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Review

"Paula Fredriksen's vivid little book is calculated to make even the most inert churchgoer sit up."--Peter Brown, New York Review of Books

"In her characteristically brisk and engaging prose, Fredriksen explores the evolution of the idea of sin in the first four centuries of Christianity, asking hard questions about what various ideas of sin tell us about the corresponding ideas of God and humanity. . . . Fredriksen's eloquent study traces the early development of the idea of sin, illustrating the intricate patterns woven by the many colorful threads of culture and religion and the ways that those patterns influence contemporary Christian religion."--Publishers Weekly

"[I]ncisive and pellucid."--Robert A. Segal, Times Higher Education

"[E]legant. . . . Fredriksen recomplicates the relationship between early Christianity and Judaism, and offers sharp close readings of the Gospels, the Gnostics et al. She draws out the profound differences between Augustine (who created an 'inscrutable and angry god') and Origen (for whom God loves even 'the rational soul of Satan')."--Steven Poole, Guardian

"[A] concise and elegantly written history of how the early church understood the sinful character of humanity and the solutions it provided."--Gary A. Anderson, Jewish Review of Books

"[Sin] is an erudite study of related ideas of sin, salvation, human destiny, the messianic role, and the influence of worldview and political context on conceptual ideas that those who ponder or teach such matters may well find rewarding."--Library Journal

"For something referred to so often by Christians of every stripe, 'sin' is a remarkably changeable and debatable concept. Religious historian and author Paula Fredriksen (Jesus of Nazareth, King of the Jews and Augustine and the Jews, among other distinguished titles) traces the frequent and often bewildering shifts in the meaning of 'sin' in the four centuries between Jesus and Augustine, especially the enormous change from the belief that sin is something one does to the belief that sin is something one is born into. The journey takes her from John the Baptist, Jesus and Paul of Tarsus to the Gnostics, Origen and Augustine. It amounts to an original and entertaining history of early Christianity."--Globe & Mail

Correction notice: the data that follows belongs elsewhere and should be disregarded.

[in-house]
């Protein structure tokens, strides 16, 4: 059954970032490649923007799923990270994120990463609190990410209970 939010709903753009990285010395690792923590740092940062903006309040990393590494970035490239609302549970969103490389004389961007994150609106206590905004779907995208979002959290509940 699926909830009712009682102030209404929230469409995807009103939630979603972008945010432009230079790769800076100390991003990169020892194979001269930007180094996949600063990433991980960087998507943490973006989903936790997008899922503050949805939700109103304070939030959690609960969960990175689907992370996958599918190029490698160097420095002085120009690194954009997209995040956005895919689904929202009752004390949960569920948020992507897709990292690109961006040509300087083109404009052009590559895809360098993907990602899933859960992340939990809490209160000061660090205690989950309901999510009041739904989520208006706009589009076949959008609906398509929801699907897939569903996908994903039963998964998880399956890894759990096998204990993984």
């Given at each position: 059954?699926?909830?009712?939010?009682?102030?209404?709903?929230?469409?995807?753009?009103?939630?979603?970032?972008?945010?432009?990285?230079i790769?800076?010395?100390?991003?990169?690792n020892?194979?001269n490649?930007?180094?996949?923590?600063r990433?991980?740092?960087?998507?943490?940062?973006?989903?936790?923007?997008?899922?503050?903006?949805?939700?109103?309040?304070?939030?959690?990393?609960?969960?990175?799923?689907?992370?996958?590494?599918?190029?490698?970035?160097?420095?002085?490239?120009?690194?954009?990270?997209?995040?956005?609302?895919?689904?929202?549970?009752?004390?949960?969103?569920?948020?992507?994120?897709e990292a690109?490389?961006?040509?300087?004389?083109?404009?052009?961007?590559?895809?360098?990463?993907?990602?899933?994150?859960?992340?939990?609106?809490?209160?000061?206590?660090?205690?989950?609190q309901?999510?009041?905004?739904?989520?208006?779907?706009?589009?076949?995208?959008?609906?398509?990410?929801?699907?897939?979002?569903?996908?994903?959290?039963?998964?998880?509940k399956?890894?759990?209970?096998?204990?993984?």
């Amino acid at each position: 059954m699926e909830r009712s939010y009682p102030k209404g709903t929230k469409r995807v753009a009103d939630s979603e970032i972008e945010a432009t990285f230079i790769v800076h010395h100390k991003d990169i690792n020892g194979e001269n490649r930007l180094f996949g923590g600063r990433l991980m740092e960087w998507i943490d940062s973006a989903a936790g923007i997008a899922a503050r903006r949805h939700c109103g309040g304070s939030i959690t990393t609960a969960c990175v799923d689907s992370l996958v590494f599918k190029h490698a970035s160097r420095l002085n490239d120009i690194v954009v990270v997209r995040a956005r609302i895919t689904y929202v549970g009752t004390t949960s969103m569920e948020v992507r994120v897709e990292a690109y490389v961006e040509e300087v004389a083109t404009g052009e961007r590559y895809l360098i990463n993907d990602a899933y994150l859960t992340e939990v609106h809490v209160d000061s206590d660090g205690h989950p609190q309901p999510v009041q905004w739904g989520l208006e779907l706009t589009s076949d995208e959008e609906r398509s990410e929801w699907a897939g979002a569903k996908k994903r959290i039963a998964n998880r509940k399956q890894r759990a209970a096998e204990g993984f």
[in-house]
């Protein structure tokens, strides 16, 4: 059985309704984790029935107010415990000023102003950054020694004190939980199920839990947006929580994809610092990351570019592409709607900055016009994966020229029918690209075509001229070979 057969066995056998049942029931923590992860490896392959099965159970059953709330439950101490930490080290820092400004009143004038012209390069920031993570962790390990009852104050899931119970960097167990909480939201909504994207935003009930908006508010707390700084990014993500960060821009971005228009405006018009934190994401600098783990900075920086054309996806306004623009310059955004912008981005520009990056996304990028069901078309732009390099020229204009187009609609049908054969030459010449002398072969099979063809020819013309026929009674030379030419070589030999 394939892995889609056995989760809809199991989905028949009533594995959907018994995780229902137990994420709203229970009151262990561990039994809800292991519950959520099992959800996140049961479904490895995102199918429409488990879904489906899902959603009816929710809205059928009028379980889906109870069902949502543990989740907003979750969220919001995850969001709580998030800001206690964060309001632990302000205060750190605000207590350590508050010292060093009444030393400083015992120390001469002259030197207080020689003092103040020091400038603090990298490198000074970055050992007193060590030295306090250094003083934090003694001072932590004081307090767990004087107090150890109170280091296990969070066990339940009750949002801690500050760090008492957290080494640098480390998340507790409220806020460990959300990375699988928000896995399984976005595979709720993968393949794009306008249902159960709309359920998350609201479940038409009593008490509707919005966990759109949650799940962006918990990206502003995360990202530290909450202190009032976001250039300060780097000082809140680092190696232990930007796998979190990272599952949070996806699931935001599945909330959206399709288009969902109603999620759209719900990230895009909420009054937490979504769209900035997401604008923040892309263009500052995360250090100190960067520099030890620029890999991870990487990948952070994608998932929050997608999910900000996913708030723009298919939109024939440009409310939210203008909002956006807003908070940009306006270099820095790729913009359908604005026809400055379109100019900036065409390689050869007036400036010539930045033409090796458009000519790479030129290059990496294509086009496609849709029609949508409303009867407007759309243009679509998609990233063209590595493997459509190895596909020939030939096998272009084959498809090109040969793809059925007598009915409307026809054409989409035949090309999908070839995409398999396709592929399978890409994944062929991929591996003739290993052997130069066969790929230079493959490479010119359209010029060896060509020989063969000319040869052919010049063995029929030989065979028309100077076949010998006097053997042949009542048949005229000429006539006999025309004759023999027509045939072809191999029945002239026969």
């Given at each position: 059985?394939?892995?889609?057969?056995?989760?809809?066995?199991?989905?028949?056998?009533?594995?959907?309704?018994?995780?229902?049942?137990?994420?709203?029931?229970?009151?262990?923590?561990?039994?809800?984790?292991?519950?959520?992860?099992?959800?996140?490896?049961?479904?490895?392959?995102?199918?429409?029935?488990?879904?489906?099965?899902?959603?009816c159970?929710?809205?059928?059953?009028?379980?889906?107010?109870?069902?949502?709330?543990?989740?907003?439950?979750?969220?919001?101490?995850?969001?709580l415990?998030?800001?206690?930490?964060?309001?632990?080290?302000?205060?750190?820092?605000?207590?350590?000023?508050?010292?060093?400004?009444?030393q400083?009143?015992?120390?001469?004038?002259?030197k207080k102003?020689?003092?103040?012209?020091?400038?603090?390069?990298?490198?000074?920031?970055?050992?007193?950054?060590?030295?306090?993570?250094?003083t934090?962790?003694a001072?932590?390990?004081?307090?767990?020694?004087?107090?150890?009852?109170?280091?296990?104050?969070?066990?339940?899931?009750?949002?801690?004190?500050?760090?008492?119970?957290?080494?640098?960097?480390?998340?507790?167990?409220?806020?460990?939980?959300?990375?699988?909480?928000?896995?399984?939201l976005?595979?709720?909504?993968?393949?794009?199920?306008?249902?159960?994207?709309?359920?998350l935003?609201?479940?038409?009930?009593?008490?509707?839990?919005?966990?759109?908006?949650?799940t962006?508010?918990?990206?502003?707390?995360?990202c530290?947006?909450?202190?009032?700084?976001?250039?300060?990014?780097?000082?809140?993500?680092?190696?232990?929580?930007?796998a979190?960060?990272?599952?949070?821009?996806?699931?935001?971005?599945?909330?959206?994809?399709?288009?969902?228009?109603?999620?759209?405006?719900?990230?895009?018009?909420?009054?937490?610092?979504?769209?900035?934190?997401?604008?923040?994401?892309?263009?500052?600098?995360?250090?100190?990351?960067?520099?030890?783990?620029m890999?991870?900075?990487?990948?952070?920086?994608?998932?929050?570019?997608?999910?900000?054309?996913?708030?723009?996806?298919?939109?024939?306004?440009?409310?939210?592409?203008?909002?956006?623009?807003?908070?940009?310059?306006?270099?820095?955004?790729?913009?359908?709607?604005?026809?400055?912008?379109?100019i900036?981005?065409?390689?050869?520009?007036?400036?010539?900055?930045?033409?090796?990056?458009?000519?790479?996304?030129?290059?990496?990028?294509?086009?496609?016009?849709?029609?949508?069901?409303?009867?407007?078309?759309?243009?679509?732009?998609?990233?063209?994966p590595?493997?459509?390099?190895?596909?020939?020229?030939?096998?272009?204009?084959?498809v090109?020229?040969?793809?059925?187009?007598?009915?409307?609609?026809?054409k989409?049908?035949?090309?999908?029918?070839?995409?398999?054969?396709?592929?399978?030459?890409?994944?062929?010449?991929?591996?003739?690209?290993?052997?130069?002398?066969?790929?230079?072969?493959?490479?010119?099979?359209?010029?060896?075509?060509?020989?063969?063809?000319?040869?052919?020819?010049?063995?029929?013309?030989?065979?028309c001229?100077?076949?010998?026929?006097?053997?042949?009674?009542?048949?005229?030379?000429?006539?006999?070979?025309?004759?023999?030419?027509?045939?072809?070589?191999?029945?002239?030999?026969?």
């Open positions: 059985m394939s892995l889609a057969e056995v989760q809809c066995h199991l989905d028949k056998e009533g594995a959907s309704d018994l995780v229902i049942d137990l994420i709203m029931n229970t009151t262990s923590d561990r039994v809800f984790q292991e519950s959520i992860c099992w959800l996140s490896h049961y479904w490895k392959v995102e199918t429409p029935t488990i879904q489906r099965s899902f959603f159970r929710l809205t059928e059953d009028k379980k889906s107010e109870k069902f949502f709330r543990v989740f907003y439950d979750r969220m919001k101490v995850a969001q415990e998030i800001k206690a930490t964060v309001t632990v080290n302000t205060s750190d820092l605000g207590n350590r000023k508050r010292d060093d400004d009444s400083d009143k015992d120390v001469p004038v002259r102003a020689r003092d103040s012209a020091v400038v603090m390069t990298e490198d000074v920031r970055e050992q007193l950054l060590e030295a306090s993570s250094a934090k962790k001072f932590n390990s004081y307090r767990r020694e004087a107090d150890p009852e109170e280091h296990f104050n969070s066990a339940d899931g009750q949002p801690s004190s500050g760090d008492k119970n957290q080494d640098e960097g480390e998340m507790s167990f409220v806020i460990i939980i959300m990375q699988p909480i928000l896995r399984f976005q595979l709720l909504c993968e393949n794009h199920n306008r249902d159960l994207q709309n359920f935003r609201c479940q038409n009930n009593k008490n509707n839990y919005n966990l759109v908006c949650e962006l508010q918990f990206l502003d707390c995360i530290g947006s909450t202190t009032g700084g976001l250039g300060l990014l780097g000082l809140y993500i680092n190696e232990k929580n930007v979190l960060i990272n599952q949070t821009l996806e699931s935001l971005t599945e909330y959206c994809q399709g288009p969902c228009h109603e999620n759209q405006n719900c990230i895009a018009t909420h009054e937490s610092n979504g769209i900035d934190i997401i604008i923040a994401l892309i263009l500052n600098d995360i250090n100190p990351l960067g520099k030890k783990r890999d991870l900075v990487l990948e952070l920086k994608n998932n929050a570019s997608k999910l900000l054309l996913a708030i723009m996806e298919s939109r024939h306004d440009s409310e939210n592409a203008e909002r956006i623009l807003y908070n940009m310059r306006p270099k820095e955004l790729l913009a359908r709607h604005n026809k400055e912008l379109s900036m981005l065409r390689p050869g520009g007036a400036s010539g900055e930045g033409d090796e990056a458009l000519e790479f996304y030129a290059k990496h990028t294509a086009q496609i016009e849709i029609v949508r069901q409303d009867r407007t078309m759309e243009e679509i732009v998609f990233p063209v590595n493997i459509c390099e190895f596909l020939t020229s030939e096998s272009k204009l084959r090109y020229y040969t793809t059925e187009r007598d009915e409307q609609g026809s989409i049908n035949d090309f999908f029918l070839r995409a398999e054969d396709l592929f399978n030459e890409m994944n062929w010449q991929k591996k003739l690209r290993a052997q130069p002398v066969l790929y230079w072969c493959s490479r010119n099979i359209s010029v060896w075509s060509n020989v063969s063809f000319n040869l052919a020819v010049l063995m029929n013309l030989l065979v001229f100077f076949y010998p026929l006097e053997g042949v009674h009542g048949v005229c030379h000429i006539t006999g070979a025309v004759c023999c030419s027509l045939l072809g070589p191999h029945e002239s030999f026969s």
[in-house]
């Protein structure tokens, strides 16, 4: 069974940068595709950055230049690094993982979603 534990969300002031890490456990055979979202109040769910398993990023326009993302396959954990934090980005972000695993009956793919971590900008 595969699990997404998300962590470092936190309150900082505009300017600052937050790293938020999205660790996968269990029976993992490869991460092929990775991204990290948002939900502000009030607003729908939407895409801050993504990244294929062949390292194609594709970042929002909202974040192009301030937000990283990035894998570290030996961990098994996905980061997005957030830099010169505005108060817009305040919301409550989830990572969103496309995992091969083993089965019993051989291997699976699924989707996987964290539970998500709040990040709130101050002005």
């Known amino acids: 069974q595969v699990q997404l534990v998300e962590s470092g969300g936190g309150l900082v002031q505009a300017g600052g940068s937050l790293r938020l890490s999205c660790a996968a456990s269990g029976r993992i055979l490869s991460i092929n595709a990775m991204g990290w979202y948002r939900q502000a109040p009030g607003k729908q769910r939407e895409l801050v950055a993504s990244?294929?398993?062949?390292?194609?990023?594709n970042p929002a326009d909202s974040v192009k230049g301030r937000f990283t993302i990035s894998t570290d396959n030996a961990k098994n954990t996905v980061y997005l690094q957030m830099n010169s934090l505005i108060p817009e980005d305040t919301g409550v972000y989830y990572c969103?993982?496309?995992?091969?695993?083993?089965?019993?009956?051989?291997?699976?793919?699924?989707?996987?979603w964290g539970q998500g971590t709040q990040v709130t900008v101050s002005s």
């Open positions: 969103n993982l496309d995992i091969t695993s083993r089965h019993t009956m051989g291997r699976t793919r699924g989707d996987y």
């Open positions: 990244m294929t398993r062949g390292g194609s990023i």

"Paula Fredriksen . . . has provided readers with a fascinating history of the idea of sin. . . . Sin is a lively and engaging study. It interacts with almost everything that has anything to do with sin (sacrifice, atonement, forgiveness, salvation, God). . . . It is well worth reading."--Craig A. Evans, ChristianityToday.com

"Fredriksen, an eminent American religious scholar, notes that Jesus announced good news to his world: God was about to redeem it. Yet 350 years later, the Church founded in his name proclaimed that the greater part of humanity was condemned for all eternity. Sin is Fredriksen's take on how Christianity got from one pole to the other."--Brian Bethune, Maclean's

"The author's talent lies in expressing complex theological concepts in everyday language."--Dawn Eden, Weekly Standard

"This is an informative text on the development of the Christian concept of sin, and a valuable source of juxtaposition for Jewish scholars seeking the root of the two faiths' different philosophies."--Rabbi Dr Charles H Middleburgh, Charles Middleburgh Blog

"Though this book is short . . . and directed towards an audience of general, well-educated readers, it re-reads a topic that many had previously assumed to be a monolith. As a result, Fredriksen's work offers an invaluable addition to the scholarly discourse about sin during the early centuries of Christianity, not only because she underscores the Jewish roots of this concept, but also, and more significantly, because she emphasizes the diversity present in early Christian circles in relation to the idea of sin."--Deborah Forger, Reviews of the Enoch Seminar